Few 5-axis machine users ever cut an impeller. Yet impellers are repeatedly used as examples by CAD/CAM software vendors and machine tool builders. There is a practical reason for this. Impellers have challenging shapes that ably demonstrate 5-axis capabilities.
Because the impeller offers so many 5-axis challenges, I will use one as an example to explain common 5-axis machining issues. Even if you don’t cut impellers, this information likely applies to some aspects of your multiaxis machining.
Courtesy of CNC Software
When 5-axis plunge roughing, tool deflection is minimal because cutting forces are aligned with the cutter’s center axis, dramatically extending tool life.
In the early ’70s before CAD/CAM systems, the design of an impeller’s individual blades, or vanes, was based on projected, synchronized and smooth machine motions. Those pure designs where perfectly suited for swarf 5-axis tool motions, where it was possible to cut the blades with the side of a tool, usually a straight or bull nose corner-radius cutter. (Swarf refers to the tilted or twisted blade wall surfaces that are cut with the side of a tool.)
The design of modern impeller blades is not as pure. They are often designed with solid-modeling CAD packages, allowing the user to create shapes that are highly complex but may have a total disregard for manufacturing efficiency.
Most of the blades are tall on one end, usually near an impeller’s center, and short on the other. Modern blades are often “warped,” making swarf cutting impossible because they have to be cut in multiple steps with the nose of a tapered ballnose cutter, as the tool axis is manipulated to avoid collisions.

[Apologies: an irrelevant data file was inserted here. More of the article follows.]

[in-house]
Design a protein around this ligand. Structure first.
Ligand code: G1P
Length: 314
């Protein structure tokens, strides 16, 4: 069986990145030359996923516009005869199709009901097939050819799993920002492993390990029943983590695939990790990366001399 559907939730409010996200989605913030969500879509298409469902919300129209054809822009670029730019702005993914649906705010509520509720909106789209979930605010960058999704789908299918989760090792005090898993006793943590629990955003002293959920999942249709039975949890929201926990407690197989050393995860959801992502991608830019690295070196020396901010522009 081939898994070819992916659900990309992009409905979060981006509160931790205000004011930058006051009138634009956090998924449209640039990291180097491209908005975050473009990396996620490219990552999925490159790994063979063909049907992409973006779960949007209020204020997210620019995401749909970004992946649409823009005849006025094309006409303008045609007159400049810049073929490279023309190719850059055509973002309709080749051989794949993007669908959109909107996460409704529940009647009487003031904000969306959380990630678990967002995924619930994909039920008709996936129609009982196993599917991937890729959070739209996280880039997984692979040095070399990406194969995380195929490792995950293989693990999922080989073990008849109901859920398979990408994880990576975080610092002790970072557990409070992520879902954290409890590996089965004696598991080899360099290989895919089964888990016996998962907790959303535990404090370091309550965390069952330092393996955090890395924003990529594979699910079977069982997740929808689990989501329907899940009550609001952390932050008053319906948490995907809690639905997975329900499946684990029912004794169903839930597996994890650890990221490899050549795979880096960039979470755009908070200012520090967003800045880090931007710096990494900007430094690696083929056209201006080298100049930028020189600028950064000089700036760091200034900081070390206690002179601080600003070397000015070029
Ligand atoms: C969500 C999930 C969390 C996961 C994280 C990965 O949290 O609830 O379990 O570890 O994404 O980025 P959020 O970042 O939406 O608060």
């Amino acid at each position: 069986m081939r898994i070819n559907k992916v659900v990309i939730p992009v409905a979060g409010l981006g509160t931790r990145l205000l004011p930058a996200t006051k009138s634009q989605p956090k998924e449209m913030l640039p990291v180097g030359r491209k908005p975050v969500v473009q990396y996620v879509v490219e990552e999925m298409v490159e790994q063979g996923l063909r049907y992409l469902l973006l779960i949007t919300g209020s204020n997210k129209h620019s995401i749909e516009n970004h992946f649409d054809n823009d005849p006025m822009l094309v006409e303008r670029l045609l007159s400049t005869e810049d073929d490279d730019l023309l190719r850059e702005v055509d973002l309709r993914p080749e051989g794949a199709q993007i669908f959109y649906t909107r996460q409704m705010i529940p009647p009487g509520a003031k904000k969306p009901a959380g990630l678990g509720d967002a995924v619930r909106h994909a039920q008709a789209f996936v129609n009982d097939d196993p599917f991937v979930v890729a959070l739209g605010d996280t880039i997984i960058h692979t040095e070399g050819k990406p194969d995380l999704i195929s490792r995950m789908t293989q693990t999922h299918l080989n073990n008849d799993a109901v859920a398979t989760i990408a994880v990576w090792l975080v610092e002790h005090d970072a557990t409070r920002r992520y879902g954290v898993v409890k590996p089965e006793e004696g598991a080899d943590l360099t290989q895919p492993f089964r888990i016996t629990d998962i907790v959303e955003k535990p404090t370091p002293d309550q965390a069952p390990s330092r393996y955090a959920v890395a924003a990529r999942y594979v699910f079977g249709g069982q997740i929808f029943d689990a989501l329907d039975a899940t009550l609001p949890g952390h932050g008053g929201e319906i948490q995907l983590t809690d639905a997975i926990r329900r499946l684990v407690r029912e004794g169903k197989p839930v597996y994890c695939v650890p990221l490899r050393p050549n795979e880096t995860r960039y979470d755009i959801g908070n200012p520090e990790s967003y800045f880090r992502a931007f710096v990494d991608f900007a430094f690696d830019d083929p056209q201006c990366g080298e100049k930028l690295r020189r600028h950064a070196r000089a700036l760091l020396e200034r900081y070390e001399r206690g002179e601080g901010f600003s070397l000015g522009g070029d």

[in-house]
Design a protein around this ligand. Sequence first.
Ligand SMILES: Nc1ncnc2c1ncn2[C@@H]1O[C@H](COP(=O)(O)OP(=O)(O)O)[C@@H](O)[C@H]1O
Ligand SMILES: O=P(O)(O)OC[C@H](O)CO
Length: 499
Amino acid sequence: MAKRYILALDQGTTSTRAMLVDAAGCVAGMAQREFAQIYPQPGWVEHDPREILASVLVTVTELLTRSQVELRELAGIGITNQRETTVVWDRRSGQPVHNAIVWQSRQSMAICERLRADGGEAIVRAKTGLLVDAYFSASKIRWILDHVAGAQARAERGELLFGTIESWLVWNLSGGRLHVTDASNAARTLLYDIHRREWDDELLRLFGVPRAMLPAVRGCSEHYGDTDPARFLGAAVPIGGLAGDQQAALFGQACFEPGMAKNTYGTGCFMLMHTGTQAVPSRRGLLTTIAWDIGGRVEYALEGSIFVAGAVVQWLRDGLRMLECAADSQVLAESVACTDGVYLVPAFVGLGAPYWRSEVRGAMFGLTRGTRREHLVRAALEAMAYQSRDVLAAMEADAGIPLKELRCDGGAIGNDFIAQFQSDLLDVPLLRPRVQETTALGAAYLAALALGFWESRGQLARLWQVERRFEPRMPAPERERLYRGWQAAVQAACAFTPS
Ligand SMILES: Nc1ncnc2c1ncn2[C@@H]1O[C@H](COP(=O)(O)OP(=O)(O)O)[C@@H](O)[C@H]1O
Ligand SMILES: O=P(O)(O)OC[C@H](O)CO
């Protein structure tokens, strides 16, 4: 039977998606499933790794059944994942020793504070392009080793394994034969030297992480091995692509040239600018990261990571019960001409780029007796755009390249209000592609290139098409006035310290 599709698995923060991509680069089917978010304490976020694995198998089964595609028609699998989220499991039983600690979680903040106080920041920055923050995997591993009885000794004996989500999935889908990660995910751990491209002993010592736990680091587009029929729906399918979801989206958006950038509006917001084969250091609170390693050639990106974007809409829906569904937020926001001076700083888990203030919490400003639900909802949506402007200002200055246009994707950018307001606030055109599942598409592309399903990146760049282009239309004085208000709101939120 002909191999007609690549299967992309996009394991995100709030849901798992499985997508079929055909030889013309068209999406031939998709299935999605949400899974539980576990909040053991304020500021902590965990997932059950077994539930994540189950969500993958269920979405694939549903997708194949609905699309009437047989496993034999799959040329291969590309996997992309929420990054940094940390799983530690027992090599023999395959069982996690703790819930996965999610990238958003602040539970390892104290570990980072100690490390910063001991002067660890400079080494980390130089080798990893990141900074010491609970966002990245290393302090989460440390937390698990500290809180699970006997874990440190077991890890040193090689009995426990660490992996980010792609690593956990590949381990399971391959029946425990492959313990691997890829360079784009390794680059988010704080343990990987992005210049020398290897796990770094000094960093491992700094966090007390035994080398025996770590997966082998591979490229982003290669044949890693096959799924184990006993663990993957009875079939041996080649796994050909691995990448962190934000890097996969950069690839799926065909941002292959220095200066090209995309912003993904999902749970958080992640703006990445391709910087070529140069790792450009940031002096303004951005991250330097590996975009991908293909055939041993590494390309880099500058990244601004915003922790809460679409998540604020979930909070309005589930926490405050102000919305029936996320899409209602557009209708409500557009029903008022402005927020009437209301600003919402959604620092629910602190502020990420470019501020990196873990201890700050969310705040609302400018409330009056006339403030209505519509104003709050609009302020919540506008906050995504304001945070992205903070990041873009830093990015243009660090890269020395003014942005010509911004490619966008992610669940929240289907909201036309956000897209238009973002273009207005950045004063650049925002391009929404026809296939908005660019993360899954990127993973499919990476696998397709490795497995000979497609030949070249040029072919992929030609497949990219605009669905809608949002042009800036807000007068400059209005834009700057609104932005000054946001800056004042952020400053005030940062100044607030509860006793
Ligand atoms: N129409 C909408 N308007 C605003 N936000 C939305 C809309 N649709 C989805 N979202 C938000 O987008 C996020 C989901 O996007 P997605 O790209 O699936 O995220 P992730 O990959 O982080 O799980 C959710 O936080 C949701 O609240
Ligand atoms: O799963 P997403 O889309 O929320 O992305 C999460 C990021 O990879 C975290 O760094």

Machining impellers from a blank involves turning, roughing the excess material from between the blades, semifinishing the floor and the blades and then finishing the floor and the blades. If a multitasking machine is available, these operations can be done in one or, possibly, two setups.
It is common practice to rough the excess material from between the blades using 3+2 machining techniques. This is done by indexing the rotary axes, locking them in place to keep the 5-axis machine in its most rigid state and then attacking the exposed excess material using simple 3-axis toolpaths. The drawback of this approach is that it is not always possible to remove all the excess material. It is hard to keep track of in-process material and it is necessary to overlap between cuts—causing too many “air” cuts. Furthermore, the area between the blades is often deep and narrow—a bad combination because it requires long, skinny tools. These tools don’t do well side-cutting, especially when the cutting pressures constantly change, causing variable amounts of deflection. This in turn causes vibration, shortens tool life and imparts a poor finish.